This is a detailed guide on how to calculate Price to Sales Ratio (P/S or PSR) with thorough interpretation, analysis, and example. You will learn how to use its formula to perform a company’s stock valuation.
When comparing companies in similar industries, the price to sales ratio (P/S or PSR) is an important metric used to calculate a relative value.
The P/S ratio is used to evaluate a company's worth with respect to its trailing twelve-month (TTM) sales.
Taken alone, the ratio does not provide meaningful data, but, as with most ratios, taking the PSR of several comparable companies can highlight the potentially undervalued ones.[Click to continue]
This is an ultimate guide on how to calculate Cash Reinvestment Ratio with detailed interpretation, analysis, and example. You will learn how to use its formula to perform a company’s valuation.
The cash reinvestment ratio, also known as the cash flow reinvestment ratio, is a useful metric that measures the percentage of annual cash flow that a company is investing back into its business.
Investors are keen to watch the fluctuations of a company’s cash reinvestment rate, because it can be indicative of its long-term goals and strategies.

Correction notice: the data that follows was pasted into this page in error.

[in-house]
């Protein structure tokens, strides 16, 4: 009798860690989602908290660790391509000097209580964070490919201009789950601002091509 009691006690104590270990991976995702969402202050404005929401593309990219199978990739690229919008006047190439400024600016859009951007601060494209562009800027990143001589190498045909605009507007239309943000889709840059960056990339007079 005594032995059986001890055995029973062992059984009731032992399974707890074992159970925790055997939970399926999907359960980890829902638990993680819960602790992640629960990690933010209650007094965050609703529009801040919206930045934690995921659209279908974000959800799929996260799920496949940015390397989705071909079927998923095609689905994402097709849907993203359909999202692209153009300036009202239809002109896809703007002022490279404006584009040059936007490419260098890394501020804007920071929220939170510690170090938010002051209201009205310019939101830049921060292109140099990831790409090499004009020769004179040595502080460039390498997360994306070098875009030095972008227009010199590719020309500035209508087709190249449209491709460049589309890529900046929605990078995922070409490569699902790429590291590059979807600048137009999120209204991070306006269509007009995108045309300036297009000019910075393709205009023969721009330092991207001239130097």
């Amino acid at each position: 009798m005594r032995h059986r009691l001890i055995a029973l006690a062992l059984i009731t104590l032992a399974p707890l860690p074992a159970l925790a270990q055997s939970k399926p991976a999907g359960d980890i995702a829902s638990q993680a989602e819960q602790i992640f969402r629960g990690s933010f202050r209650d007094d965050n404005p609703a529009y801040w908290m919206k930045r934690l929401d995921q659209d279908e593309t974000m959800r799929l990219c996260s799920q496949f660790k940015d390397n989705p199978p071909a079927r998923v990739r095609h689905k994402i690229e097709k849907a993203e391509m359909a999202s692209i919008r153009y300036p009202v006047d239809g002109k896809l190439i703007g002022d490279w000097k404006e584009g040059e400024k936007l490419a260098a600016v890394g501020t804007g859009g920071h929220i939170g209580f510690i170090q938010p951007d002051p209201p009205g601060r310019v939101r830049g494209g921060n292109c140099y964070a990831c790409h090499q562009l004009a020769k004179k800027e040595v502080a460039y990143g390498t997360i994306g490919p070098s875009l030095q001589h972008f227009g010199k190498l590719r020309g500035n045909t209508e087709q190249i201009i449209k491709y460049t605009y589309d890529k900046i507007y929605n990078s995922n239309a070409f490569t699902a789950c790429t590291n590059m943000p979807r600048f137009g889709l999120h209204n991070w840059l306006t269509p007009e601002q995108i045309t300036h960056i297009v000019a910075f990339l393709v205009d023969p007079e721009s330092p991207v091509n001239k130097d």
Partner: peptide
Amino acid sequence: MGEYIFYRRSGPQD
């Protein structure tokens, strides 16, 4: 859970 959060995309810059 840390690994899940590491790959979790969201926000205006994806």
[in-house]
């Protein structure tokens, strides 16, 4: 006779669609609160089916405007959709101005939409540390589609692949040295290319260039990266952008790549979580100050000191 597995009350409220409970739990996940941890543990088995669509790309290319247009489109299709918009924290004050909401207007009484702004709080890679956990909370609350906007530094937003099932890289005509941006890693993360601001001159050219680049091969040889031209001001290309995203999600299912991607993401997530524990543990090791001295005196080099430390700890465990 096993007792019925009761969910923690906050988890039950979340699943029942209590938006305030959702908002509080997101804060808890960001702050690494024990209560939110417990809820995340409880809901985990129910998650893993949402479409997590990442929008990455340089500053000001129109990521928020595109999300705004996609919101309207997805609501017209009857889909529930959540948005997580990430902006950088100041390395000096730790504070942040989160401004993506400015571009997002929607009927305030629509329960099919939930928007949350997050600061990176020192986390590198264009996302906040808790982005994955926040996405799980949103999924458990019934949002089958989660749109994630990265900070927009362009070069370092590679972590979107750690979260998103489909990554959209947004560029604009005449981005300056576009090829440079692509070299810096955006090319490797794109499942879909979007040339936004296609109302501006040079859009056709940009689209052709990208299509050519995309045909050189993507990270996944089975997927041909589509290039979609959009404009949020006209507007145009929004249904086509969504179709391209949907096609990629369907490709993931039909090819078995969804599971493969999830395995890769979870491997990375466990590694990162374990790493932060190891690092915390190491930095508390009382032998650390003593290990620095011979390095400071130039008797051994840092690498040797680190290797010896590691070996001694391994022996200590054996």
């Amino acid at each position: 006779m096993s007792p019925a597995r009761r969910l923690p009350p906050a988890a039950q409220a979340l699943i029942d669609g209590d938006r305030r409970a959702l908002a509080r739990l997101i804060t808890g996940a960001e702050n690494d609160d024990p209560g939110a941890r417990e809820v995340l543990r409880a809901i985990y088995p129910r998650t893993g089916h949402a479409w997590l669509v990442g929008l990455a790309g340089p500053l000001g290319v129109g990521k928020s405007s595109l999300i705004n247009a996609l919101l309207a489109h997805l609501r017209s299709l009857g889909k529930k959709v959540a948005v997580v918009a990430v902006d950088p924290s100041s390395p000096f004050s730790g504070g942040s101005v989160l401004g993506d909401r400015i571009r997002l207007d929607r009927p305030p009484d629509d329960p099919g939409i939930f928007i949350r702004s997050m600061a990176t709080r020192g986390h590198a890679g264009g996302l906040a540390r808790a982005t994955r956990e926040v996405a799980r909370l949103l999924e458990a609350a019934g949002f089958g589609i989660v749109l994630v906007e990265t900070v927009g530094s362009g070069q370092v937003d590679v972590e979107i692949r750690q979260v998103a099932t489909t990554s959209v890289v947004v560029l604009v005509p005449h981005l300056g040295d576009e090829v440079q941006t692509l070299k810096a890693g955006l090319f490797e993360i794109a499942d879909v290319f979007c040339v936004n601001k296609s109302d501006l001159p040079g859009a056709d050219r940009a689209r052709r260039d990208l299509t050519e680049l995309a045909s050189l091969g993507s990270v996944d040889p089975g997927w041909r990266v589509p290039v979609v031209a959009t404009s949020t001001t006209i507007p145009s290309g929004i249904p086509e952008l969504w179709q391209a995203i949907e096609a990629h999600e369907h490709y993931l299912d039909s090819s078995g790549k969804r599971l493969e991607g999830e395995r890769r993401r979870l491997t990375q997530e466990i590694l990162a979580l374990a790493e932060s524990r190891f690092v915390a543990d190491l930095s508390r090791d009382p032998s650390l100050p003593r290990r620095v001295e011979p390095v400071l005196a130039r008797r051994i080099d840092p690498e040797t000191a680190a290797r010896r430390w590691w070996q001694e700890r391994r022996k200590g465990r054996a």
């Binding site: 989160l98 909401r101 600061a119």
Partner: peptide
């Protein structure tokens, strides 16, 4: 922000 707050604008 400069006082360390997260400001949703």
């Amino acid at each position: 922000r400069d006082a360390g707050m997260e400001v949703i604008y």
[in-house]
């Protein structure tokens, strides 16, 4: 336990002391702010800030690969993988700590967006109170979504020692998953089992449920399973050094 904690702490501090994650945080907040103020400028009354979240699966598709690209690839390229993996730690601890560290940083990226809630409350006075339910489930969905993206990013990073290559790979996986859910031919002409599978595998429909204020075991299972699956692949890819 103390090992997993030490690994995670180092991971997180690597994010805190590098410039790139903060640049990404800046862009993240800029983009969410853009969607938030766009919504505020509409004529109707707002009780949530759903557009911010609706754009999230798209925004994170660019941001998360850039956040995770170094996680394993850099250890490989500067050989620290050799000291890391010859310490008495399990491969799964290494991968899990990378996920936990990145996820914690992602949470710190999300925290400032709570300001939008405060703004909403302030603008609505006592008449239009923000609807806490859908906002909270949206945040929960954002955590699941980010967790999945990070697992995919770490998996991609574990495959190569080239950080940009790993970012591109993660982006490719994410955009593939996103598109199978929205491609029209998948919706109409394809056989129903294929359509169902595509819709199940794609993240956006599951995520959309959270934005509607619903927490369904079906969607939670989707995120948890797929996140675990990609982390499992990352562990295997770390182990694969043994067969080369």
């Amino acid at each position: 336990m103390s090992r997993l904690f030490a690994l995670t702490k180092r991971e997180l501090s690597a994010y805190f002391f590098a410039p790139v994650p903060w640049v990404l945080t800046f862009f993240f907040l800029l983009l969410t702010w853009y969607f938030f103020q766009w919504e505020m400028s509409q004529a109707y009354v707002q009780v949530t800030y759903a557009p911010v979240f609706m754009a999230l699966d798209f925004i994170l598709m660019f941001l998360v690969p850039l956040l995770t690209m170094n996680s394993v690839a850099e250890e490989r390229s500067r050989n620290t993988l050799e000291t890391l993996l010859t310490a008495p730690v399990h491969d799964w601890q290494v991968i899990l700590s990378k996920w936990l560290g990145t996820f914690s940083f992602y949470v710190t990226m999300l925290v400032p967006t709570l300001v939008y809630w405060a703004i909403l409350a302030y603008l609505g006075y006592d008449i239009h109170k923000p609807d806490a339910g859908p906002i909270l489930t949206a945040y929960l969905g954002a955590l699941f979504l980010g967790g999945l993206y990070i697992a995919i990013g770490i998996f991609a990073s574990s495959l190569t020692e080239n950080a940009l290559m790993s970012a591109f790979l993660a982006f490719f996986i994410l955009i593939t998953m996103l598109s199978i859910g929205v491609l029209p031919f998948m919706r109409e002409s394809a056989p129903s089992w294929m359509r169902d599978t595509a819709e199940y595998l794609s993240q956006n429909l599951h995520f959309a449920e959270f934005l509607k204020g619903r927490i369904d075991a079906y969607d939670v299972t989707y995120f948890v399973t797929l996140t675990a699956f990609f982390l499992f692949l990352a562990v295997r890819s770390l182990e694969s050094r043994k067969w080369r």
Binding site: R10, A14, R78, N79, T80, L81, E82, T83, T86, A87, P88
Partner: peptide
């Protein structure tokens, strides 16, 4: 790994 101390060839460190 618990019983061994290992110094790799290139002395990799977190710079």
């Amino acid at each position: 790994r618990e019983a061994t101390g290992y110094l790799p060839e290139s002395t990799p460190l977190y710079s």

The conventional way of thinking is that a high cash reinvestment ratio signifies a company that is expecting significant growth (think young tech companies).
On the other hand, a low cash flow reinvestment rate signifies a mature, stable company that does not expect rapid growth or expansion (think large manufacturing companies).[Click to continue]
This is an all-in-one guide on how to calculate Dividend Yield Ratio with detailed analysis, interpretation, and example. You will learn how to use this ratio formula to assess a company's dividend performance.
The dividend yield ratio is a valuation ratio that tells us the dividend that a company pays out to its investors relative to its share price.
Cash dividends are reported in the financial statements of the company. We divide the annual dividend per share by the market value per share.
It is often used by investors who are looking for continuous dividend income.[Click to continue]
This is an ultimate guide on how to calculate Times Preferred Dividends Earned Ratio with detailed analysis, interpretation, and example. You will learn how to use this ratio formula to evaluate a firm's dividend performance.
Preferred stock is one of the many ways a company can choose to raise capital. It promises a predetermined dividend to be paid on a quarterly or annual basis for perpetuity.
The times preferred dividends earned, also known as the dividend coverage ratio, is a coverage ratio which measures a company’s ability to pay its preferred stock dividend, based on its net income.
Preferred stock holders, as well as common stock holders, use this ratio to gauge the likelihood of a company missing its dividend payments.[Click to continue]